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CLQ Vol35 No3 September-November 2021

Schlaepfer v Australian Securities & Investments Commission [2001] NSWCA 129
By Claire Roberts
 
A series of recent high-profile defamation cases have drawn attention to the way in which speech is regulated in Australia. But it is not just journalists and social media users who can find themselves grappling with complex and technical legal claims of this kind.
 
The recent decision of Schlaepfer v Australian Securities & Investments Commission [2021] NSWCA 129 (30 June 2021) saw the NSW Court of Appeal consider a case brought against the Australian Securities & Investments Commission (‘ASIC’) by the subject of a warning that the regulator had made.
 
This note comments briefly on the case: in particular, its implications for the way in which the ‘qualified privilege’ defence may be relied on in connection with regulatory action in future.
 
 
Mortgages: forgery, and the mortgagee’s duty on sale
By Lee Aitken
 
The law of mortgages involves a complex melange of common law, statutory, and equitable rights. The interplay between these doctrines in the case at the margin (where, for example, some misconduct has occurred) can make the ultimate result for the lender difficult to determine.
 
In exercising any vested right to dispose of the mortgaged property after default, the mortgagee must proceed advisedly and ensure that it does not wantonly dispose of the collateral, or engage in any other chicanery, say, by selling to a buyer ‘connected’ to it. (If the property has been sold, difficult questions may arise as to the remedy available to the disaffected, dispossessed mortgagor). An additional complication, remedially, will arise if the disaffected mortgagor seeks to an unwind a sale by the mortgagee which has already been registered under Torrens.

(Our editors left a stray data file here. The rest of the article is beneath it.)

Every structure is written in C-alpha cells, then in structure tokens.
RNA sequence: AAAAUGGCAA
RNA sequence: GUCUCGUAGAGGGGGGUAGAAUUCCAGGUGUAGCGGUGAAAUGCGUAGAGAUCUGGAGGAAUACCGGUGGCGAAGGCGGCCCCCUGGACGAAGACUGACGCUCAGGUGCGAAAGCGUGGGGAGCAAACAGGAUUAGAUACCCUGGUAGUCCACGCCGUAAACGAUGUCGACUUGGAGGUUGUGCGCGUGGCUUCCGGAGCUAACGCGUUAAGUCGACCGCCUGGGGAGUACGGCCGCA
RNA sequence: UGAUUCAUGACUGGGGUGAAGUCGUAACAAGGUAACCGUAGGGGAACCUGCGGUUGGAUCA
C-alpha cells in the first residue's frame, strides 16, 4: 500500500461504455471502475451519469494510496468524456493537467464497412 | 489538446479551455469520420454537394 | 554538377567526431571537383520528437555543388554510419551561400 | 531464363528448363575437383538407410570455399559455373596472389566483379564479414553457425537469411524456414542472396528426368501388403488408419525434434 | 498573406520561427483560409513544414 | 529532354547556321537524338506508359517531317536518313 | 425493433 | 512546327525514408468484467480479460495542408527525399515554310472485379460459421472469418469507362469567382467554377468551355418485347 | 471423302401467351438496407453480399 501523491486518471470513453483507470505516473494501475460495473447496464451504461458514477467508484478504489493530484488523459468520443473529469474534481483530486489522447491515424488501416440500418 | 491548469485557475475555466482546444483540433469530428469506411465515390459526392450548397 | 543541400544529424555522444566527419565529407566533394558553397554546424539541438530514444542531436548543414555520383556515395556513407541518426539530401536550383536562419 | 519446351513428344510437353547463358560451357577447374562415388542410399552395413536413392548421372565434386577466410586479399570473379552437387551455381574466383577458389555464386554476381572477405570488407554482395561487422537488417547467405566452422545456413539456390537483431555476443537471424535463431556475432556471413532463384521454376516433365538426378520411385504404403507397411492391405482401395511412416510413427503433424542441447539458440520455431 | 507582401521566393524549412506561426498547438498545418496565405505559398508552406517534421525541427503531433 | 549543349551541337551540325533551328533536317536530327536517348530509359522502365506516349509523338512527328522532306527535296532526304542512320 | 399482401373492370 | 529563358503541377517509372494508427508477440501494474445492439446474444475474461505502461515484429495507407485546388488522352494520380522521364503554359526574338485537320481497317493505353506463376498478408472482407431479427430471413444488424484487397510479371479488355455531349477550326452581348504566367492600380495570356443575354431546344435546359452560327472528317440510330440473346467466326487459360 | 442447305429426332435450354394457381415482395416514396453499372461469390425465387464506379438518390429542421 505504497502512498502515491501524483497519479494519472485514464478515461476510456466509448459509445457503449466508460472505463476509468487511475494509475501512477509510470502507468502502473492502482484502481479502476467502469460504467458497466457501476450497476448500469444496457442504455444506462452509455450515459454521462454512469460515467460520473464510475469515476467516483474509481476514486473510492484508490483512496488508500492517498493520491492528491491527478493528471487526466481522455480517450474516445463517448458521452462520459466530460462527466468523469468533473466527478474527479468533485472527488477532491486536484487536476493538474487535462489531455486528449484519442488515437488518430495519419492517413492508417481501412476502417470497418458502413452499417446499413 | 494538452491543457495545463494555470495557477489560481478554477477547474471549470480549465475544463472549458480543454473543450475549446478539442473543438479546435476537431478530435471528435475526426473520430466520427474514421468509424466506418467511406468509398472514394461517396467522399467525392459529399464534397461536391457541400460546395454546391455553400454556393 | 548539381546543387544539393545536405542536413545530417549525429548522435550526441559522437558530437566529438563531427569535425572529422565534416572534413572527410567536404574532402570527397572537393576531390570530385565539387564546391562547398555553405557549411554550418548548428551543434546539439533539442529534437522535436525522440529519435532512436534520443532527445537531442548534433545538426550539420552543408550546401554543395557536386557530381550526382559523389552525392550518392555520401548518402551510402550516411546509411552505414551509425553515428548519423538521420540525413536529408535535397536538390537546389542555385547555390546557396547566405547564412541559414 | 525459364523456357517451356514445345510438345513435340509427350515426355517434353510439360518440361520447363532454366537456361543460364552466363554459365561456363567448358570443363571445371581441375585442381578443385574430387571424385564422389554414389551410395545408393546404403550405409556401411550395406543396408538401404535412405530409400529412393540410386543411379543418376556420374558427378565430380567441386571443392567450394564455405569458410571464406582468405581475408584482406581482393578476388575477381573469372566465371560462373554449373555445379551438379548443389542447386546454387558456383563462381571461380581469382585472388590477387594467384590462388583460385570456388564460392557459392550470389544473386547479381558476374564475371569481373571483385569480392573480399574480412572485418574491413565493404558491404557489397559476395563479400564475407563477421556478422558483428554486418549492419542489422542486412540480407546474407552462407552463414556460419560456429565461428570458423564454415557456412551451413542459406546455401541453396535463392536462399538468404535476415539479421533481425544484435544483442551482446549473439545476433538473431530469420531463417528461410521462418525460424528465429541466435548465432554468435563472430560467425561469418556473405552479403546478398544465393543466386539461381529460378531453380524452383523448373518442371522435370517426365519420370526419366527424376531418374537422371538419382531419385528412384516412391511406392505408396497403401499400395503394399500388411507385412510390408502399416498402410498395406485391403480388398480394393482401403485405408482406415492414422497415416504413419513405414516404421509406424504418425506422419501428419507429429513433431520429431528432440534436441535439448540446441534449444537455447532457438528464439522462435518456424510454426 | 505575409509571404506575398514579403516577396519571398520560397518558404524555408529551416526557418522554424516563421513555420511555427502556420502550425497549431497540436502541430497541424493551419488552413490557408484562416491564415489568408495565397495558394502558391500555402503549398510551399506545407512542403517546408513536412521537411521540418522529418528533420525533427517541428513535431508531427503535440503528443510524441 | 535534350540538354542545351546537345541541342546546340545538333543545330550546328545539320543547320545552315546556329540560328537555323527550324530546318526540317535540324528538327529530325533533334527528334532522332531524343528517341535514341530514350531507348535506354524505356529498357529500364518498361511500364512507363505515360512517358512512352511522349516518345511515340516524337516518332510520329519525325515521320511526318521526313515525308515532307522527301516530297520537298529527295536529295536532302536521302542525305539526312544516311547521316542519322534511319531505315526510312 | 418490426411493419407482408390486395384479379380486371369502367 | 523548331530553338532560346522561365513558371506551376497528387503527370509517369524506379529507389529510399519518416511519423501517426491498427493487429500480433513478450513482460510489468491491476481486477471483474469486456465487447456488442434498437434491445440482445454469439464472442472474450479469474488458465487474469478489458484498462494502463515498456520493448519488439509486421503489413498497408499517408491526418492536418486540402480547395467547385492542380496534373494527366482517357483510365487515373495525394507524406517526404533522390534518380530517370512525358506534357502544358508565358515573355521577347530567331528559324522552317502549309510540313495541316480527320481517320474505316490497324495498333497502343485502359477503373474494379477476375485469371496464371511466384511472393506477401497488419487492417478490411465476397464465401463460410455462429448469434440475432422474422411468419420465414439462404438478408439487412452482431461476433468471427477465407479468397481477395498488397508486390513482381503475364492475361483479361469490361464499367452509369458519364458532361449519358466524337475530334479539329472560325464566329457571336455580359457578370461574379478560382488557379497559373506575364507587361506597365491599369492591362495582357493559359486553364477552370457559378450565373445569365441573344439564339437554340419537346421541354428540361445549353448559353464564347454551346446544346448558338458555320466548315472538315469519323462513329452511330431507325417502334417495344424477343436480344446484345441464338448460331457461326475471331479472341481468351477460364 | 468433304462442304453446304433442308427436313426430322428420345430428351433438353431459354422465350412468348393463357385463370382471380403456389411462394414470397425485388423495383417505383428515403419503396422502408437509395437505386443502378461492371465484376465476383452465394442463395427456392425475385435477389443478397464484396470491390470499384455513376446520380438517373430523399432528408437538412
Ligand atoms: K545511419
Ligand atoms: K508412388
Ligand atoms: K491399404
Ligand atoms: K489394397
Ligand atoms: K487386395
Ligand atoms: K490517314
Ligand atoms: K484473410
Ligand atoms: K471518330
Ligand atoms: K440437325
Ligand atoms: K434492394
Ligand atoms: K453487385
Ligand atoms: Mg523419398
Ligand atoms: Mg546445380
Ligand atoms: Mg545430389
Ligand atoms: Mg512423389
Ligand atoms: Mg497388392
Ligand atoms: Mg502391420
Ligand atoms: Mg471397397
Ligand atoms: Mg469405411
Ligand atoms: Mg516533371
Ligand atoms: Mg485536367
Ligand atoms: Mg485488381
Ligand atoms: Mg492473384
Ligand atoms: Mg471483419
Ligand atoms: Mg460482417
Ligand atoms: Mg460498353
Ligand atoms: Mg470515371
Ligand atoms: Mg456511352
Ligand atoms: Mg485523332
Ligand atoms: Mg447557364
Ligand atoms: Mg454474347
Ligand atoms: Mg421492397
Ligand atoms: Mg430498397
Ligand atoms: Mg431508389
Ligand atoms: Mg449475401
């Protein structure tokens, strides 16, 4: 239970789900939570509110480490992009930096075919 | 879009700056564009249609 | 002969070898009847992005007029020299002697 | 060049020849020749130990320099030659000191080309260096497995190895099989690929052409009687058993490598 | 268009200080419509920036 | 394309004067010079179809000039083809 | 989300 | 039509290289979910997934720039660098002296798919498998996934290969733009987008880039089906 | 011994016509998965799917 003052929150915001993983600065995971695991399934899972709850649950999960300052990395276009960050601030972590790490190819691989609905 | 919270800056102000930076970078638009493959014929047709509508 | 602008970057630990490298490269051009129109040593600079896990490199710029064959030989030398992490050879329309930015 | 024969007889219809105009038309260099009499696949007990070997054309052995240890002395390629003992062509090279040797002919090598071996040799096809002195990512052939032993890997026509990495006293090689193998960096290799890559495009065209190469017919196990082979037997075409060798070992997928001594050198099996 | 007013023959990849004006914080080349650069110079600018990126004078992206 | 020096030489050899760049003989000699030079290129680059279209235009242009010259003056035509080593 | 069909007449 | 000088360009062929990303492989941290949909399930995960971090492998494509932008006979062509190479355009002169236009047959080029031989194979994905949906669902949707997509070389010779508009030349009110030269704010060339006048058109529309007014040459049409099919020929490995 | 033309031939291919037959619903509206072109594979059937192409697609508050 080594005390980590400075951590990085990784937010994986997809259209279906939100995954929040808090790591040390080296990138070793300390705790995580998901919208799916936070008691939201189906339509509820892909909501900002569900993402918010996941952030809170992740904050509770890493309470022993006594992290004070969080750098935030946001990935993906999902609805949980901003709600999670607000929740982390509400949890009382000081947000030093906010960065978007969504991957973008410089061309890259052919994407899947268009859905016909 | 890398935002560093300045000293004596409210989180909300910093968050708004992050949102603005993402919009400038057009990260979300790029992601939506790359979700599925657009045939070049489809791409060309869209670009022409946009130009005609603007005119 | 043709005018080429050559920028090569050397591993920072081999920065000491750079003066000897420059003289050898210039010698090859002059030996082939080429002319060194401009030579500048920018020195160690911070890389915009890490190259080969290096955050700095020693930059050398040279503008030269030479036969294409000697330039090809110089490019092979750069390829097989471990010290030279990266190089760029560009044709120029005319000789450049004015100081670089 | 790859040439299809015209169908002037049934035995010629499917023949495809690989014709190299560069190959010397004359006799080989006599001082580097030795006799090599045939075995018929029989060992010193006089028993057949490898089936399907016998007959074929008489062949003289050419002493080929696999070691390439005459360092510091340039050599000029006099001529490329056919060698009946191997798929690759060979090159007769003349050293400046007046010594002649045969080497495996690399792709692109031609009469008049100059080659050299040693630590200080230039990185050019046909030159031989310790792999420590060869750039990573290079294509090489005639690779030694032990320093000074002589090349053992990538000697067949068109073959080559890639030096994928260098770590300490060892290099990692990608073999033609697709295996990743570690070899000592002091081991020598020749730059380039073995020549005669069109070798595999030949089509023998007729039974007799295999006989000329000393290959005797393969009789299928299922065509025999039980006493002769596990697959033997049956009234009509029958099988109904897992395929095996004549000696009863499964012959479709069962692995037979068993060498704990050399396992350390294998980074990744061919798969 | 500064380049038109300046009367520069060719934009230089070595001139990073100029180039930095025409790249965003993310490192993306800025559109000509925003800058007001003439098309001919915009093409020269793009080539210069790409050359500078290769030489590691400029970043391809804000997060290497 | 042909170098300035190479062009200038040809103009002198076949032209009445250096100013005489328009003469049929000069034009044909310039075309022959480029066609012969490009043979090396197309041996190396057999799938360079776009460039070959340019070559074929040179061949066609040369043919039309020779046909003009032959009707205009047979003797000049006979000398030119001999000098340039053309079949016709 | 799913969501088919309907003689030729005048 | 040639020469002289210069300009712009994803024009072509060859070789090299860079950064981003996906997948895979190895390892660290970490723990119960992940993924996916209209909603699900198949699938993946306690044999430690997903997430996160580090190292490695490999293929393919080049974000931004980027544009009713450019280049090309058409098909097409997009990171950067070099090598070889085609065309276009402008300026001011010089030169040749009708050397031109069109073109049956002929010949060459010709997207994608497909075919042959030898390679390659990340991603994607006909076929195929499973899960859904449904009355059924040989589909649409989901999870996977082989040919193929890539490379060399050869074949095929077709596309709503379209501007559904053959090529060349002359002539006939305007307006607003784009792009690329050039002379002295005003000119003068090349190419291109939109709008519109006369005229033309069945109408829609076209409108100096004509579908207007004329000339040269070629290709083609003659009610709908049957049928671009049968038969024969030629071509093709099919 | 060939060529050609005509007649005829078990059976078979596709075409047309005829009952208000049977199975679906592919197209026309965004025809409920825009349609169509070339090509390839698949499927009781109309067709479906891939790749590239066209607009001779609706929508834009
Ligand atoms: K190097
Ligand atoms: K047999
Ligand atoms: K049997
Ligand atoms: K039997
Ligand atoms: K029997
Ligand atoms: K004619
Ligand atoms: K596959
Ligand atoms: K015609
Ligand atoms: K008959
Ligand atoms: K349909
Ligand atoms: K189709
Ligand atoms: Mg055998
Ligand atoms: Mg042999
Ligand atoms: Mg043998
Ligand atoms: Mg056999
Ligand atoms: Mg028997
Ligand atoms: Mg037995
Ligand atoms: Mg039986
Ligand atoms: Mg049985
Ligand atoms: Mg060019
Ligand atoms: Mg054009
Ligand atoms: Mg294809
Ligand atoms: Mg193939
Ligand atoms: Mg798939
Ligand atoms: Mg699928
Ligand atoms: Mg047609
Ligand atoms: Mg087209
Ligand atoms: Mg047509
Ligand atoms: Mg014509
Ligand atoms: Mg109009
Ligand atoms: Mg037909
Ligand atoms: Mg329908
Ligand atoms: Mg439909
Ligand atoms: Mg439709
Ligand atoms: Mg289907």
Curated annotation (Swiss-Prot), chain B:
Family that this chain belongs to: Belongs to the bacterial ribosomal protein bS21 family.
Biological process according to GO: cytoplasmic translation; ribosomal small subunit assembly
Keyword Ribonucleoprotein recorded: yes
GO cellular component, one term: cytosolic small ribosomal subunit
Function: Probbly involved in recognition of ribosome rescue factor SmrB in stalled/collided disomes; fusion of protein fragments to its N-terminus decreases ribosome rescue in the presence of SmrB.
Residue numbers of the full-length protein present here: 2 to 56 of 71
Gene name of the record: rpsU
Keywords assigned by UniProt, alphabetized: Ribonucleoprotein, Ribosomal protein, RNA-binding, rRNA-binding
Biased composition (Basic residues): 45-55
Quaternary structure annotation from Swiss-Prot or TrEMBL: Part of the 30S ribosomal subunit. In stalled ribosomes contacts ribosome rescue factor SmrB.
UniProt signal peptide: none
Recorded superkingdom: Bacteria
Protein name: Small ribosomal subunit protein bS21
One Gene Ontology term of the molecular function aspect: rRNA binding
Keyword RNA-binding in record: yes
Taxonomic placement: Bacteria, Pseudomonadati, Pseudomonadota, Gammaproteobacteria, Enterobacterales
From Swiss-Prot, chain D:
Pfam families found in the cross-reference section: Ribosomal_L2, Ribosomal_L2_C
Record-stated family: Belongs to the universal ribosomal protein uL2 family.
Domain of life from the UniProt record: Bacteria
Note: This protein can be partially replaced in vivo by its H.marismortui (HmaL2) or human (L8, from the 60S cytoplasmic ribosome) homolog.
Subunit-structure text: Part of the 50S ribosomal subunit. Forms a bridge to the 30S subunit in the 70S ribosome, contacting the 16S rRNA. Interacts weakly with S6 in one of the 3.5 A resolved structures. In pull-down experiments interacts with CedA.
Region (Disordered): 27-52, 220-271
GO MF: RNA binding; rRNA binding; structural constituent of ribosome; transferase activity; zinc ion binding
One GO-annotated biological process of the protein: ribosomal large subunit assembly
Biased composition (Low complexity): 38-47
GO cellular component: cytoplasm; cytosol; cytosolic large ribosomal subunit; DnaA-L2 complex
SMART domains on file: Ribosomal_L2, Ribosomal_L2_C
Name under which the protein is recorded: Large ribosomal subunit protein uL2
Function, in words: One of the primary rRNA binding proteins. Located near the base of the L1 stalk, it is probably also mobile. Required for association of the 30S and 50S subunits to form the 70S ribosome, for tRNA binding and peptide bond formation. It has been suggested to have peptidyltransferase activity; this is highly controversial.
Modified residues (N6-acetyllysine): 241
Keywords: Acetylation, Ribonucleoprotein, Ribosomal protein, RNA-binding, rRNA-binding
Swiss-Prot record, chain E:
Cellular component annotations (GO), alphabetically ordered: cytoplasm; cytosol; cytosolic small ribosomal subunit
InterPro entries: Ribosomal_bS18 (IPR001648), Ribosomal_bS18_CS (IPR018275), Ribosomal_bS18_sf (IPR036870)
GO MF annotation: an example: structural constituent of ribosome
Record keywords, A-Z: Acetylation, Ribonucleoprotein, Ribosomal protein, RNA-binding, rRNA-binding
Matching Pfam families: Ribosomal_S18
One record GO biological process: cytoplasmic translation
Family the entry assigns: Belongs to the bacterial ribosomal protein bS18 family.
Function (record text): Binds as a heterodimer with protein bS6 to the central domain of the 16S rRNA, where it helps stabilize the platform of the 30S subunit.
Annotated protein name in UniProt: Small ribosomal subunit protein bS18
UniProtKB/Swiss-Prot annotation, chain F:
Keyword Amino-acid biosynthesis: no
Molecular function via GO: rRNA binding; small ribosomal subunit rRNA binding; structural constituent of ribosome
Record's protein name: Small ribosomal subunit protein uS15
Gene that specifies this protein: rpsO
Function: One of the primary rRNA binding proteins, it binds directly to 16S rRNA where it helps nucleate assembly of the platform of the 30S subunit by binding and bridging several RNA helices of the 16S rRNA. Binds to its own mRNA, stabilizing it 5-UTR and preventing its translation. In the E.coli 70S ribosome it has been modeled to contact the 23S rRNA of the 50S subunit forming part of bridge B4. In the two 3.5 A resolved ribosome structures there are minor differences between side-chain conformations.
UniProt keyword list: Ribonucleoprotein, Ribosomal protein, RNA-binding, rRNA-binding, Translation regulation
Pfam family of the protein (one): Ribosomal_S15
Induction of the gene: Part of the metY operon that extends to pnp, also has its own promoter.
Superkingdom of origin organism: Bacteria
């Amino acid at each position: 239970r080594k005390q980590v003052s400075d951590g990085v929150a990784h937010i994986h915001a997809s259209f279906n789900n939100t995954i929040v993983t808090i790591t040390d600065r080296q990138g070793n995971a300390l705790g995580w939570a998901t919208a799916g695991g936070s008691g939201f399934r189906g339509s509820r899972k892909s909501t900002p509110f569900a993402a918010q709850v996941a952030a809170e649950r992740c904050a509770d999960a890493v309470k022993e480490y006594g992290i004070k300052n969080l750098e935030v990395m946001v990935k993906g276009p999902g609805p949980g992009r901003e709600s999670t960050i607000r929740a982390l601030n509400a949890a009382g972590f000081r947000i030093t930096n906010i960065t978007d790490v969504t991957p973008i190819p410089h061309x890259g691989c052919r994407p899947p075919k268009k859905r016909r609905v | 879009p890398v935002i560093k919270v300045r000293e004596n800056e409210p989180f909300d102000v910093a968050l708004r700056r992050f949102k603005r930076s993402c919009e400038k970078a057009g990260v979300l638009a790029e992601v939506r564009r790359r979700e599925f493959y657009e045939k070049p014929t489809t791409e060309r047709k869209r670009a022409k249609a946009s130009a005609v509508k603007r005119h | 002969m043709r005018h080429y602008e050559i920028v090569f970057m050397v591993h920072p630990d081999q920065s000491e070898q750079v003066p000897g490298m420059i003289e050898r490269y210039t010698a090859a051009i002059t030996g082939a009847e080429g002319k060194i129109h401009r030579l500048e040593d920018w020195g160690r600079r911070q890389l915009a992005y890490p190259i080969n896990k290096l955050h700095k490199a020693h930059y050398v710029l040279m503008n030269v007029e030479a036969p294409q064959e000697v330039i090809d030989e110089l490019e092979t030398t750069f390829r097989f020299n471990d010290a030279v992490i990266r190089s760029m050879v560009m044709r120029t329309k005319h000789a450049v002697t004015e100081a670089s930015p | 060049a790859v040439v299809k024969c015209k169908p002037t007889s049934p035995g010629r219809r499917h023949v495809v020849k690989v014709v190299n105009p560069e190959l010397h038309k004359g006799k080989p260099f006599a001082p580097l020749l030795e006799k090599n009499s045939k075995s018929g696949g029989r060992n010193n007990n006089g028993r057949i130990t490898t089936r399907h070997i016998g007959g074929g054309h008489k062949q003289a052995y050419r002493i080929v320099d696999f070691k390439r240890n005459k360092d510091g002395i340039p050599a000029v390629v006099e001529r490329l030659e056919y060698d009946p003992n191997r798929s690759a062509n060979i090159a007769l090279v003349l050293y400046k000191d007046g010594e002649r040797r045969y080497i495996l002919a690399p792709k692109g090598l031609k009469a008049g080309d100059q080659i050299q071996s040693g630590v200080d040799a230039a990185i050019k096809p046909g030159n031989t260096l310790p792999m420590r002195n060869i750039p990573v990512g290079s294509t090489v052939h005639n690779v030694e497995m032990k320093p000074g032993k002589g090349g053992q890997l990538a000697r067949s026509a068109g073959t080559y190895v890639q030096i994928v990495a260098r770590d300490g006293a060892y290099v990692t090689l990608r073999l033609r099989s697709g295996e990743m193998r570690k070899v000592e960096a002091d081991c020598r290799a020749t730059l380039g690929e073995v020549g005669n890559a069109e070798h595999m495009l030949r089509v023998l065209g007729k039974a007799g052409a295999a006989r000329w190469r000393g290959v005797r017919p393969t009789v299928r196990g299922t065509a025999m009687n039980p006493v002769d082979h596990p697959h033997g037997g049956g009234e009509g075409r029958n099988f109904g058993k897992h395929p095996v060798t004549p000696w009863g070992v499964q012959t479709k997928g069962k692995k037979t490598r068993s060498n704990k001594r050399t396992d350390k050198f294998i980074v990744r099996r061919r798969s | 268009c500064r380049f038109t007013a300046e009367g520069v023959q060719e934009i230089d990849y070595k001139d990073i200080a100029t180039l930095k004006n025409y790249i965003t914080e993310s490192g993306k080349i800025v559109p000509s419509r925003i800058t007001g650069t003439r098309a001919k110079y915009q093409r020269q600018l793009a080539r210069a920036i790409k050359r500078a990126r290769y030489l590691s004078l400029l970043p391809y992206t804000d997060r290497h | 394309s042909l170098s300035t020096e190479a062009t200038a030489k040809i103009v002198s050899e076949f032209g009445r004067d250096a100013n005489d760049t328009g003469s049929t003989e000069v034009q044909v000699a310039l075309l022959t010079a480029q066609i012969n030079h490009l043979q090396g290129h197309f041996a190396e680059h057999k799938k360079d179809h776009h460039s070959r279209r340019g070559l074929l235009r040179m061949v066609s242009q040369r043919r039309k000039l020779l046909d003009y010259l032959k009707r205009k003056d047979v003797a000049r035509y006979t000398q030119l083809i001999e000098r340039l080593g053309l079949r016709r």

Two recent decisions of the NSW Court of Appeal now discussed are consonant with and explicate earlier authority: they are Ippin Textiles Pty Ltd v Winau Aust Pty Ltd and CEG Direct Securities Pty Ltd v Wang. Both cases illustrate the need to look carefully at the precise terms of the mortgage, and any document ‘collateral’ to it. Usually, the words of the mortgage imposing an obligation will not be consonant with the fiction involved in the fraud.
 
 
Price v Spoor: Contracting out of limitation periods in the High Court
By Jerry To
 
In Price v Spoor [2021] HCA 20, the High Court has confirmed that provisions to exclude the operation of limitation periods are not void for public policy, and parties are at liberty to ‘contract out’ of them. In so holding, the Court also provided guidance on the nature of limitation periods and several important principles surrounding both statutory and contractual interpretation.
 
The decision is good news for lenders. They may now be able to recover a loan previously thought to have ‘expired’ if there are contractual provisions that waive a limitation period. It also has potentially significant implications for future borrowing and lending agreements. It means that a loan agreement, potentially, could be drafted in a way that precludes it from ever lapsing.
 
 
  • Schlaepfer v Australian Securities & Investments Commission [2021] NSWCA 129
    By Claire Roberts
    page 3
  • Mortgages: forgery, and the mortgagee's duty on sale
    By Lee Aitken
    page 6
  • Price v Spoor: Contracting out of limitation periods in the High Court
    By Jerry To
    page 15
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    Non Member Price: $30.00
     
    Main File Type pdf
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